The N-Back task goes back more than half a century, developed in the 1950s by Kirchner, as you can read in more detail on wikipedia.

In short, in the N-Back task, participants are presented a sequence of stimuli one-by-one. For each stimulus, they need to decide if the current stimulus is the same as the one presented N trials ago.

The N can be 1 trials, 2 trials, 3 trials, etc. The higher the number, the more difficult the task. The factors that seem to influence the performance are not only the N, but also the speed of presentation and the size of the set of stimuli.

In a typical experiment, you see that letters are presented for 500 ms followed by a 2500 black period. This timing seems to be used in lots of N-back studies (e.g., Kane & Conway, 2007).

In total, people get 3 seconds (500 ms + 2500 ms) to respond if the letter matches the letter N trials ago.

If there is no match, people do not need to respond.

There are different types of response (or lack thereof):

Name of response Type Meaning



Participant correctly pressed the m key because the letter matches the letter of 2 trials ago

False Alarm


Participant pressed m key wrongly, because the letter 2 trials ago was a different one



Participant did not press m key, but they should have because the letter 2 trials ago was the same

In the following, a matching trial is one in the letter matches the letter of two trials ago and the participant should press the m key.

About this implementation

Key features of this implementation:

  • This is a 2-back task

  • The total stimulus set is 15 stimuli (letters)

  • Each stimulus is presented for 500 milliseconds

  • People get 3 seconds to respond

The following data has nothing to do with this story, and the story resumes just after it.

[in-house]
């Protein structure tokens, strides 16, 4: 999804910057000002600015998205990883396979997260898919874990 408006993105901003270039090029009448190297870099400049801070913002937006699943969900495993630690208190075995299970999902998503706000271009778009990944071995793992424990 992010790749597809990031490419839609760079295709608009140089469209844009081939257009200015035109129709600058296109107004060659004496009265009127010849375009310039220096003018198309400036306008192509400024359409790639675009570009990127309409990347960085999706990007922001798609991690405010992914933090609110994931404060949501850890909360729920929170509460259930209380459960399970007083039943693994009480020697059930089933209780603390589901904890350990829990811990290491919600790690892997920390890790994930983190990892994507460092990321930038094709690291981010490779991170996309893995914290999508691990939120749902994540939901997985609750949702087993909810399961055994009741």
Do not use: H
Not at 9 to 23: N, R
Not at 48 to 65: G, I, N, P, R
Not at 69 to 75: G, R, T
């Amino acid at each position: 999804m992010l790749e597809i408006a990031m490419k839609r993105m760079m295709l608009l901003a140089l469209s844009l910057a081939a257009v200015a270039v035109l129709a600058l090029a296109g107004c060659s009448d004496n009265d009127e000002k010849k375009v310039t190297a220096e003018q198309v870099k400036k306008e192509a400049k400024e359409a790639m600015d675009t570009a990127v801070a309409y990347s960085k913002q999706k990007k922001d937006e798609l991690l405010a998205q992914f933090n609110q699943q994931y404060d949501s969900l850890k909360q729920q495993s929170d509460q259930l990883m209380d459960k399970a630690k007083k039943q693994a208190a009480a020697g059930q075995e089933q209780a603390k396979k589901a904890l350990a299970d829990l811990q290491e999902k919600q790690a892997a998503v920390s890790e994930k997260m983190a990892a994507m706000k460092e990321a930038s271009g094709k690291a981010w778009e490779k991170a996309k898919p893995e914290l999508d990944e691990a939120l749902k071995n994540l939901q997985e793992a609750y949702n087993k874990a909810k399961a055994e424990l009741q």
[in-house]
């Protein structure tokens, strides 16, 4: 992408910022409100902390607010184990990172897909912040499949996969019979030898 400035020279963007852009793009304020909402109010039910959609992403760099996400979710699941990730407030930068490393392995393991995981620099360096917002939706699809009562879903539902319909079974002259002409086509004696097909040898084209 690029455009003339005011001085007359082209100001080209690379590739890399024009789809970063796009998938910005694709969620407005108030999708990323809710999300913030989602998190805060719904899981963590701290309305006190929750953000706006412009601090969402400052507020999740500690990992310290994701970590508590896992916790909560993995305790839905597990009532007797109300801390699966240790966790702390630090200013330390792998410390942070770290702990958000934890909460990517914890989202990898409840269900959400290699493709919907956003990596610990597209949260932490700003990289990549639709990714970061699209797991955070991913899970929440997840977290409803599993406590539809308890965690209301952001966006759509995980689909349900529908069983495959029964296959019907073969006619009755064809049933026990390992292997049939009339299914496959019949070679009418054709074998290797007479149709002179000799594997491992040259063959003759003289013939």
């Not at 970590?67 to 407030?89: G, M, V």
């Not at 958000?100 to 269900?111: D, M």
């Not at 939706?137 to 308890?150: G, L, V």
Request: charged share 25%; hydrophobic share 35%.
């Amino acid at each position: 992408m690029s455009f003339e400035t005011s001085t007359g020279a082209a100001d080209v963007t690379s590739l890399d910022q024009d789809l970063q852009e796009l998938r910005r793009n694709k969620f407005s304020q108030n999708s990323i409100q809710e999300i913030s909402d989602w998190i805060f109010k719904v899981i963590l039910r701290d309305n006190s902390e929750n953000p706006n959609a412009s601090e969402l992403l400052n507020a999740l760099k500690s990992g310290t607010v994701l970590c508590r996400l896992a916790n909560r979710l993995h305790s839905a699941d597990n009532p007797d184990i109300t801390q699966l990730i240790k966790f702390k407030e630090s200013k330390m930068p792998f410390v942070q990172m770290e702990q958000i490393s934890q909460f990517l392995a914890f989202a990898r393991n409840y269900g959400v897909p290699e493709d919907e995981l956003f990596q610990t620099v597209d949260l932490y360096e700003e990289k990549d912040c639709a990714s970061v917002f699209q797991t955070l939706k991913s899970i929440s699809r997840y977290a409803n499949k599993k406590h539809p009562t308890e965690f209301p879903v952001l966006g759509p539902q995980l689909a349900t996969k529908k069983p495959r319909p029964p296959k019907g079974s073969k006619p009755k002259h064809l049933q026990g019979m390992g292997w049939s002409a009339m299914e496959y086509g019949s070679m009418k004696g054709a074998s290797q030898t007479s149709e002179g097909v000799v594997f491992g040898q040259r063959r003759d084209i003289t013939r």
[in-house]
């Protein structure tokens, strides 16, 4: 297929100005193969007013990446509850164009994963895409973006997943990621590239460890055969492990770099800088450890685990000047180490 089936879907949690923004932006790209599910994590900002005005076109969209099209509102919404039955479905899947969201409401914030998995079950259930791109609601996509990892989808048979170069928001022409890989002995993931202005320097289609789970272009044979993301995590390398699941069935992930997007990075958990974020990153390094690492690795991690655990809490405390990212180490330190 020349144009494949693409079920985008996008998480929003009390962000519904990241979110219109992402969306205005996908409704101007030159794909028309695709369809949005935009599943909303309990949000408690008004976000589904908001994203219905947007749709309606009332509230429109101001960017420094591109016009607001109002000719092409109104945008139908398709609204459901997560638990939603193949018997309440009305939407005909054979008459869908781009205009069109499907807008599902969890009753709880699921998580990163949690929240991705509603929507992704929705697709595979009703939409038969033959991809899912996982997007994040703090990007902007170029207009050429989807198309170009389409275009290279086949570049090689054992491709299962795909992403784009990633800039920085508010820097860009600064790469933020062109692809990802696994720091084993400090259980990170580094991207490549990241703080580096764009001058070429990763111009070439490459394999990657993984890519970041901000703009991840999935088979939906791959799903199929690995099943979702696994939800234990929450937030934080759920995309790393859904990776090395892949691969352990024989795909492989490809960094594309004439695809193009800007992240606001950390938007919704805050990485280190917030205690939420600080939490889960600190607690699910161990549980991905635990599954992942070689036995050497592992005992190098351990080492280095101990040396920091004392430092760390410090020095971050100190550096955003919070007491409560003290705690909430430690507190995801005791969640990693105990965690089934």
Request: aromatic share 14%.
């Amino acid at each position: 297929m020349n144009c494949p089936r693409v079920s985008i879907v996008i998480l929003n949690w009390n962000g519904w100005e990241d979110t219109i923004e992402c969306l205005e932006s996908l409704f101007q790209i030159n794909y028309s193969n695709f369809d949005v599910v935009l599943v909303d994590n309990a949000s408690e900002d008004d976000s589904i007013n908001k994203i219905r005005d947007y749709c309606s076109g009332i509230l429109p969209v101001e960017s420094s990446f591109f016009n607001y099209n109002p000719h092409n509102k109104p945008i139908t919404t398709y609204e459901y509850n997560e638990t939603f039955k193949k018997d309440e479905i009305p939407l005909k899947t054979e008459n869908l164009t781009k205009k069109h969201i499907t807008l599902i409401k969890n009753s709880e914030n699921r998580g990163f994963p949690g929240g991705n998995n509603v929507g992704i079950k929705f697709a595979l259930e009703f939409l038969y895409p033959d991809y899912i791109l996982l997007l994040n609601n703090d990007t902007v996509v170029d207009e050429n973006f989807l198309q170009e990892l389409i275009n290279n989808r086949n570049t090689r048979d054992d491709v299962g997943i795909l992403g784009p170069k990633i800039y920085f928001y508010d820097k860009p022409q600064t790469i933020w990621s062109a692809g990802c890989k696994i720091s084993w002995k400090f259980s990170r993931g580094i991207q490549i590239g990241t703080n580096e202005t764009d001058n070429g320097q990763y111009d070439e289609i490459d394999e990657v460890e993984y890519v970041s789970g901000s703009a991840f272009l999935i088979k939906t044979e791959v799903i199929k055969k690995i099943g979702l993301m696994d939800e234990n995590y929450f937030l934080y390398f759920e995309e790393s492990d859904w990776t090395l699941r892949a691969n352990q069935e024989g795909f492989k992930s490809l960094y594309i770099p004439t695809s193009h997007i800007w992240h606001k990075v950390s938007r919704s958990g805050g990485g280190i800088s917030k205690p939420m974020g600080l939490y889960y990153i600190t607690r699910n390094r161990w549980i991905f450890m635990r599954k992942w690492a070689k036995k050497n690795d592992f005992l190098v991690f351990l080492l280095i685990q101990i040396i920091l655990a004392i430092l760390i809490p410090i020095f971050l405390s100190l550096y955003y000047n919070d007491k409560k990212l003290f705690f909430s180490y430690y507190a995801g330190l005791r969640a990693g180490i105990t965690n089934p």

• A new stimulus is presented every 3000 milliseconds

The letters A,B,C,D,E,H,I,K,L,M,O,P,R,S, and T are being used.

There are 3 blocks of each 25 trials.

Detailed feedback is given.

Run the demo

You need to press the m if the stimulus is the same as 2 trials ago. Otherwise withhold. The m key was chosen because the work memory starts with an "m".

Data output file

In PsyToolkit, the data output file is simply a textfile. The save line of the PsyToolkit experiment script determines what is being saved in the data output file. Typically, for each experimental trial, you would have exactly one line in your text file, and each number/word on that line gives you the information you need for your data analysis, such as the condition, response speed, and whether an error was made.

Meaning of the columns in the output datafile. You need this information for your data analysis.

Colum Meaning


Blocknumber (the number of the block, there are 3 blocks)


Trial number (the number of the trial)


Type of trial (1=a matching stimulus ; 0=a non-matching stimulus)


Score (1 means correct, 0 means incorrect)


Match (1 means participants matched correctly, 0 otherwise; only meaningful on match trials)


Miss (1 means participants missed, 0 otherwise; only meaningful on non-matching trials)


False Alarm (1 means participants wrongly pressed button, 0 otherwise; only meaningful on non-matching trials)


Reaction Time


Memory (a variable used internally)


Current letter (the current letter, a number between 1 and 15, representing letterA, etc)


nback1 (the letter 1 trial ago, a number between 1 and 15, representing with letterA, etc)


nback2 (the letter 2 trials ago, a number between 1 and 15, representing with letterA, etc)


If you have a PsyToolkit account, you can upload the zipfile directly to your PsyToolkit account. Watch a video on how to do that. If you want to upload the zipfile into your PsyToolkit account, make sure the file is not automatically uncompressed (some browsers, especially Mac Safari, by default uncompress zip files). Read here how to easily deal with this.

Further reading

  • Kirchner, W. K. (1958). Age differences in short-term retention of rapidly changing information. Journal of Experimental Psychology, 55, 352-358.

  • Jaeggi, S.M., Buschkuehl, M., Perrig, W.J., & Meier, B. (2010). The concurrent validity of the N-back task as a working memory measure. Memory, 18, , 394–412.

  • Kane, M.J. & Conway, A. (2007). Working memory, attention control, and the N-back task: A question of construct validity. Journal of Experimental Psychology: Learning, Memory, and Cognition, 33(3), 615-622.